The judge was entitled to find, on the evidence he heard and viewed, that the defendant's touching had not merely involved the inner thigh but, because of the proximity of the defendant's fingers to Erik's genitals, had actually extended to the “genital area,” the “pubic area,” or the “groin” area, as commonly understood. See The American Heritage Dictionary of The English Language 798 (“groin․ The crease or hollow at the juncture of the inner part of each thigh with the trunk, together with the adjacent region and often including the external genitals”) and 1464 (3d ed.1992) (“pubic․ Of, relating to, or located in the region of the pubis․ The forward portion of either of the hipbones, at the juncture forming the front arch of the pelvis․ Short for New Latin [os ] pubis, [bone] of the groin”).
Had the judge entertained any doubt that the defendant's touching of Erik's inner thigh violated community values, it was plainly dispelled by his consideration of all the circumstances of the act. See Commonwealth v. Mosby, 30 Mass.App.Ct. at 185, 567 N.E.2d 939 (touching of buttocks together with simultaneous verbal proposition with “distinctly sexual overtones” warranted finding of indecent assault and battery). See also People v. Graydon, 129 Misc.2d at 268-269, 492 N.Y.S.2d 903 (to determine if a body part is an “intimate” part, the nonconsensual touching of which is a crime, the entire context of the offensive touching must be examined). The judge weighed both the manner of the physical contact-a pressing of the thigh with the defendant's entire hand that felt to Erik like an intimate massage rather than a fleeting, casual, innocuous brush or bump-and the defendant's sexually suggestive inquiries accompanying the contact, which were immediately understood by Erik to be an invitation to a sexual encounter. The judge factored those incidents into his conclusion that the totality of the particular acts by the defendant, Commonwealth v. Perretti, 20 Mass.App.Ct. at 44, 477 N.E.2d 1061, constituted assaultive conduct which society deems indecent. His analysis was unimpeachable.
2. Offering to pay for engaging in sexual conduct. The defendant acknowledges that the evidence showed an offer to pay for some sort of conduct and that the test of “sexual conduct” under G.L. c. 272, § 53A, is a broad one coextensive with common understanding. See Commonwealth v. Walter, 388 Mass. 460, 463-464, 446 N.E.2d 707 (1983). He contends, however, that the Commonwealth failed to prove exactly what sort of conduct he was soliciting and suggests that it could as easily have been inoffensive activity, such as a simple massage, rather than conduct of a sexual nature.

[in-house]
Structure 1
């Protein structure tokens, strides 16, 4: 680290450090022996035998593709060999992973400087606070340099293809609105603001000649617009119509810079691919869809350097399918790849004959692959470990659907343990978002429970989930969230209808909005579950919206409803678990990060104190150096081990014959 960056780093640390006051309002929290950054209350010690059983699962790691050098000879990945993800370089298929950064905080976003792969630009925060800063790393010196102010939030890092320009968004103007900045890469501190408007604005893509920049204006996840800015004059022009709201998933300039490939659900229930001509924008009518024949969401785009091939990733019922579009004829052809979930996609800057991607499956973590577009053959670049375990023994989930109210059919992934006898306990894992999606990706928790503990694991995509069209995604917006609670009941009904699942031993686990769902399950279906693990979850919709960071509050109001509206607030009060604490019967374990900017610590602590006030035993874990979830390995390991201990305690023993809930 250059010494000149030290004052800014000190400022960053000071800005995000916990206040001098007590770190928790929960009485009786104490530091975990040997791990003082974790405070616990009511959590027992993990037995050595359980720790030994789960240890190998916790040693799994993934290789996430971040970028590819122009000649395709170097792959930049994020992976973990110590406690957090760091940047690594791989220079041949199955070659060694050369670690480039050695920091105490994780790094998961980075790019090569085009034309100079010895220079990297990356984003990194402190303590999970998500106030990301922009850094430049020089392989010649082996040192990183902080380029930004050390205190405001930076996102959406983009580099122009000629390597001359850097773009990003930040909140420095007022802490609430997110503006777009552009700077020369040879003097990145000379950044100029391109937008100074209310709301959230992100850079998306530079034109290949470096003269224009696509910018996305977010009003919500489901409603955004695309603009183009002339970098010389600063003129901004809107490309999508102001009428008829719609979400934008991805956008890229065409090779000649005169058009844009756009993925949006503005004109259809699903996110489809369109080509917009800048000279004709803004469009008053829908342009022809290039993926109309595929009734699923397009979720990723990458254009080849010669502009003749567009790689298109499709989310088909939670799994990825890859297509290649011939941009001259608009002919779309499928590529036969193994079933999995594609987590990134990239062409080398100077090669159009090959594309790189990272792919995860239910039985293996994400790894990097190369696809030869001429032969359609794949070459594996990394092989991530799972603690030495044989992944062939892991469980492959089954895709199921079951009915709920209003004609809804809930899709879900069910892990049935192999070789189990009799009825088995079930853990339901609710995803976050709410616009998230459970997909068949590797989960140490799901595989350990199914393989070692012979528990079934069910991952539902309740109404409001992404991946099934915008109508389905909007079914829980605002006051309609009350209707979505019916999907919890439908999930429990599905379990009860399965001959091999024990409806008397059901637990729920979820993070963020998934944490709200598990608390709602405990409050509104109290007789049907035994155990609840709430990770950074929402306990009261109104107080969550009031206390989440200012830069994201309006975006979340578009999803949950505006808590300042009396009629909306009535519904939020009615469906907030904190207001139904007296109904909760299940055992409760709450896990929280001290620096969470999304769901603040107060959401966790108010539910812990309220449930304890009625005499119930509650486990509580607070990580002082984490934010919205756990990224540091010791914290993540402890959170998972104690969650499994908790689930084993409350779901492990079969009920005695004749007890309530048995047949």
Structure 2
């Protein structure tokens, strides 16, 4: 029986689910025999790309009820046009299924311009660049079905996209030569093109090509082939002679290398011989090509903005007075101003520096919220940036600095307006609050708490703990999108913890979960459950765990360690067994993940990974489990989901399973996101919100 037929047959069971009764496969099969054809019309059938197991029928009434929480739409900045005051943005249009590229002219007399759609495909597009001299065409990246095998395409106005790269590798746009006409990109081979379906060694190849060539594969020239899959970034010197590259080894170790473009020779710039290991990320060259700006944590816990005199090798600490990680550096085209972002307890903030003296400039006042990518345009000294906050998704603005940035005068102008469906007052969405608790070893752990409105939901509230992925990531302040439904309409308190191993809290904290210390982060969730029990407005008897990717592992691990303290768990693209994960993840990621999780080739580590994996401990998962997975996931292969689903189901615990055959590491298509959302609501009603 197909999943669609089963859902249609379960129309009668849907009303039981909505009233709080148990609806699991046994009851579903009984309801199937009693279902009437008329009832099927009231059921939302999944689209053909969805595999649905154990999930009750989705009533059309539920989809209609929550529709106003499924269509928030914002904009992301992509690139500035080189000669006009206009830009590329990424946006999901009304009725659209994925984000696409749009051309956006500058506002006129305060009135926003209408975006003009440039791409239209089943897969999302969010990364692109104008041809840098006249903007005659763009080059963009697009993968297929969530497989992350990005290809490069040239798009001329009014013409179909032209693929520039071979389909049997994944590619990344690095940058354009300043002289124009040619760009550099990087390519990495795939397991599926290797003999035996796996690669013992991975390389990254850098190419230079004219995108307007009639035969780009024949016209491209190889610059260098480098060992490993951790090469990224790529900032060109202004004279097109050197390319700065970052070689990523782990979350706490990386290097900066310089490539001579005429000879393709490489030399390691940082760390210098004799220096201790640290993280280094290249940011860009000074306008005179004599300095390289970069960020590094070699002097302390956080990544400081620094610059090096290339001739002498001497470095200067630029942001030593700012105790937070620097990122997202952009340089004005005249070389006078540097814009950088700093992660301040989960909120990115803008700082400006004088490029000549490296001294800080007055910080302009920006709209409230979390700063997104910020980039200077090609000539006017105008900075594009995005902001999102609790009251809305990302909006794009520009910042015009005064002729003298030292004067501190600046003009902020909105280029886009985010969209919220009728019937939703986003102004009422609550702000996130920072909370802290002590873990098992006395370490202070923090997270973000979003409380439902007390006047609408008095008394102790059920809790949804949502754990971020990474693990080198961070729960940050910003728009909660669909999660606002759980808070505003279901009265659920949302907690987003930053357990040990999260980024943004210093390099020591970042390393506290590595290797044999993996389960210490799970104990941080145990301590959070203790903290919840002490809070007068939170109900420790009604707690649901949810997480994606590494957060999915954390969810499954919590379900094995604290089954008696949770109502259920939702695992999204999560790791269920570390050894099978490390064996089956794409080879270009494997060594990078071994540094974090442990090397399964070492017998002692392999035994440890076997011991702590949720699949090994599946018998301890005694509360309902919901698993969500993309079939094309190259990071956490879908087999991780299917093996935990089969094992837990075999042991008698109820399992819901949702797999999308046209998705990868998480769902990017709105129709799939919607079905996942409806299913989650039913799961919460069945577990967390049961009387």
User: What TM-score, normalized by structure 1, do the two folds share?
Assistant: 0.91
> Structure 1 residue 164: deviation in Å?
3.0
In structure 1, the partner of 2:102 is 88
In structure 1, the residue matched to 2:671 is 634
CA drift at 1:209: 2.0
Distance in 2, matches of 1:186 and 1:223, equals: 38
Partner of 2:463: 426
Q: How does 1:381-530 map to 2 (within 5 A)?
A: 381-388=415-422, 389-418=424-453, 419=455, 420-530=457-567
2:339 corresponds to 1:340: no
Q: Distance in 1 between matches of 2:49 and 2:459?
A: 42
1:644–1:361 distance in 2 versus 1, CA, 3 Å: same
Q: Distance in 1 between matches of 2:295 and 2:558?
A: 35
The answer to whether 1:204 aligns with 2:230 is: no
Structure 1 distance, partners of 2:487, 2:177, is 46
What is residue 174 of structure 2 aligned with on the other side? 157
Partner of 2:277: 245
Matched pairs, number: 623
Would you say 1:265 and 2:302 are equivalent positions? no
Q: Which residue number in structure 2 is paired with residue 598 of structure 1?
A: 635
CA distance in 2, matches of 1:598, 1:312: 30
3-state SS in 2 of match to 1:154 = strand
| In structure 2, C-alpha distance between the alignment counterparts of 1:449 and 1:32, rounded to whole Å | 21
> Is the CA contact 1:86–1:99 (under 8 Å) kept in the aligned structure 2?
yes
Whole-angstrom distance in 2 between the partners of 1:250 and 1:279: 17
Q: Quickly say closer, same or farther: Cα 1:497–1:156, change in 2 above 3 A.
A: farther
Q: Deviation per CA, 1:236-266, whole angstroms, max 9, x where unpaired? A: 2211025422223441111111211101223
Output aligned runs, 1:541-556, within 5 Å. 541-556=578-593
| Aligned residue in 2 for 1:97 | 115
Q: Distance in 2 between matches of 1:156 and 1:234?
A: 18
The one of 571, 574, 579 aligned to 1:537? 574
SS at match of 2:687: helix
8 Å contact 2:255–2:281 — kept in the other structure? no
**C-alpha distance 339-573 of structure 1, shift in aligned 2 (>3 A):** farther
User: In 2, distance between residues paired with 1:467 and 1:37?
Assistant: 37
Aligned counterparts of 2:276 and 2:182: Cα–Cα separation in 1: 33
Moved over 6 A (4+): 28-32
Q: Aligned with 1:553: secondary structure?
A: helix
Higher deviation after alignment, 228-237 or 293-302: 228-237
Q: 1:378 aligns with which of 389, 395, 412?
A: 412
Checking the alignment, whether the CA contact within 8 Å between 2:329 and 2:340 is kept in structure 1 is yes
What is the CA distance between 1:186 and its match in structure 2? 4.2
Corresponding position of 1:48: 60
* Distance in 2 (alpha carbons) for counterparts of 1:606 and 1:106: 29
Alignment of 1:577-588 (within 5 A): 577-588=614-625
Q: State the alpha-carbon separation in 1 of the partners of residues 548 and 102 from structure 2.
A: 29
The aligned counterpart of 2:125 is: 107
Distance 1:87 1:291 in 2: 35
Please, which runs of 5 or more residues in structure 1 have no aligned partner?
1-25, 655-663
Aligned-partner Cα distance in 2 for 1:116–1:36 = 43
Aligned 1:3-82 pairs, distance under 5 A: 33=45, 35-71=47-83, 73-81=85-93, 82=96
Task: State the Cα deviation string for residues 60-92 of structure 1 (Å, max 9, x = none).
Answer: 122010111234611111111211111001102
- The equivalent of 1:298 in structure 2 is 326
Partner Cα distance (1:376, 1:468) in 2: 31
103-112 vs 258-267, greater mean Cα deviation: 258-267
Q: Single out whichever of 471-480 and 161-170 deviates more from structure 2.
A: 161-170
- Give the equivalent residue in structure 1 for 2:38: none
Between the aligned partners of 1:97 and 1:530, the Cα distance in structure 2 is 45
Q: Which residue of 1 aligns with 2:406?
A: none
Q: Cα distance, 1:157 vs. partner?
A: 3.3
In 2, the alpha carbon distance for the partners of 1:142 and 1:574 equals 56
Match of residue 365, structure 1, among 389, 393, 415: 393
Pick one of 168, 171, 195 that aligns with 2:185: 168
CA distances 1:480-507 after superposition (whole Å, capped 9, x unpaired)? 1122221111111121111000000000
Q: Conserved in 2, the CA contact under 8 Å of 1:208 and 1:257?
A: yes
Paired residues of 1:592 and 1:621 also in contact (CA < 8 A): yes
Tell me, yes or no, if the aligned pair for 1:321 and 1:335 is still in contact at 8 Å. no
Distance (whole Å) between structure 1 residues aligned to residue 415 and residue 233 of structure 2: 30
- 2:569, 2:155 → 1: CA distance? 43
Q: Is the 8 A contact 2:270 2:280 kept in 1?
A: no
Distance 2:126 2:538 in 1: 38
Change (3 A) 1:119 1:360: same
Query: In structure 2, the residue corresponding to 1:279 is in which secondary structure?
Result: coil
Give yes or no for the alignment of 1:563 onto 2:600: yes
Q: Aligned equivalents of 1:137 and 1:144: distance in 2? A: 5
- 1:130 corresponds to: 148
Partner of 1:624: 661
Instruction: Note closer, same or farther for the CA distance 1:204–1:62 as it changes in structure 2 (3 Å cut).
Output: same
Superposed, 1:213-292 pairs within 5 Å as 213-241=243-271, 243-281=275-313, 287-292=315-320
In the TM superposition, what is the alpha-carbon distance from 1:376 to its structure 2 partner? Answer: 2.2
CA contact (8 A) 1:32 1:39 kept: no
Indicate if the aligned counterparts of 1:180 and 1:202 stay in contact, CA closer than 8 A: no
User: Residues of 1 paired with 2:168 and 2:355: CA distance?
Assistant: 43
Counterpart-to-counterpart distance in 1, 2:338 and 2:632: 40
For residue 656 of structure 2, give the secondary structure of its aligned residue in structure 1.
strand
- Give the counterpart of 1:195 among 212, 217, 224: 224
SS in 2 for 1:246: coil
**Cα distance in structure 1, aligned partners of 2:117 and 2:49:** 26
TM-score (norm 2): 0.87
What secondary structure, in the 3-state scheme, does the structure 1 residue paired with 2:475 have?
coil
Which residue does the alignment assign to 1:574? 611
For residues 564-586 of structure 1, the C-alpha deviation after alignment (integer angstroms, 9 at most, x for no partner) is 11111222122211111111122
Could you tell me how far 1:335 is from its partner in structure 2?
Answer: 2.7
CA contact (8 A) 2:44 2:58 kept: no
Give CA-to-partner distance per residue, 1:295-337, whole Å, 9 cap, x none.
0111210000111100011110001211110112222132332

The strict evidentiary standard urged by the defendant is not one the Commonwealth is compelled to satisfy in a § 53A case. Like virtually all crimes, a violation of that statute may be established by entirely circumstantial evidence of, and inferences based on, a defendant's observed conduct. Proof of specific or express acts of solicitation is not required. See Commonwealth v. Proctor, 22 Mass.App.Ct. 935, 936, 493 N.E.2d 879 (1986).
The judge could properly evaluate the challenged conduct in light of the entirety of the circumstances; apply common understanding reflecting contemporary mores to that evaluation; and, like all fact finders deciding issues of guilt or innocence, draw inferences and conclusions based on common sense and life experience. See Commonwealth v. Cordle, 412 Mass. 172, 178, 587 N.E.2d 1372 (1992). Having done so, he could appropriately reach two conclusions on this record, both inculpatory. He could reasonably infer that the defendant's proposal, in conjunction with his massaging of the inner thigh next to Erik's genitals, indicated a solicitation of either receiving or administering a manual massage or other manipulation of genitals, either his or Erik's. Such an act is unquestionably sexual conduct violative of § 53A when offered or requested for a fee. Commonwealth v. Walter, 388 Mass. at 463-463, 446 N.E.2d 707.
The judge could also base a finding of guilt on the indecent nature of the sexually intimate contact coupled with the defendant's offer to pay for a form of sexual activity unmistakenly communicated by that contact, which represented the defendant's unhesitating response to Erik's inquiry about what he had to do to earn the money being offered. In context, the “it” discussed by the defendant with Erik was not at all ambiguous, as the defendant contends. “It” was, rather, a distinctly suggestive euphemism for a sexual act between males. Erik clearly understood it as such. The judge rationally concluded that the inference that the defendant sought to pay for such sexual conduct was “compelling.” For our part, we find it improbable that any competent adult, informed by common sense, life experience, and contemporary values, would reach any different conclusion, or would be surprised to learn that the defendant's words and deeds amounted to an offer to pay for a type of sexual conduct which § 53A proscribes. Cf. Commonwealth v. Nuby, 32 Mass.App.Ct. 360, 363, 589 N.E.2d 331 (1992).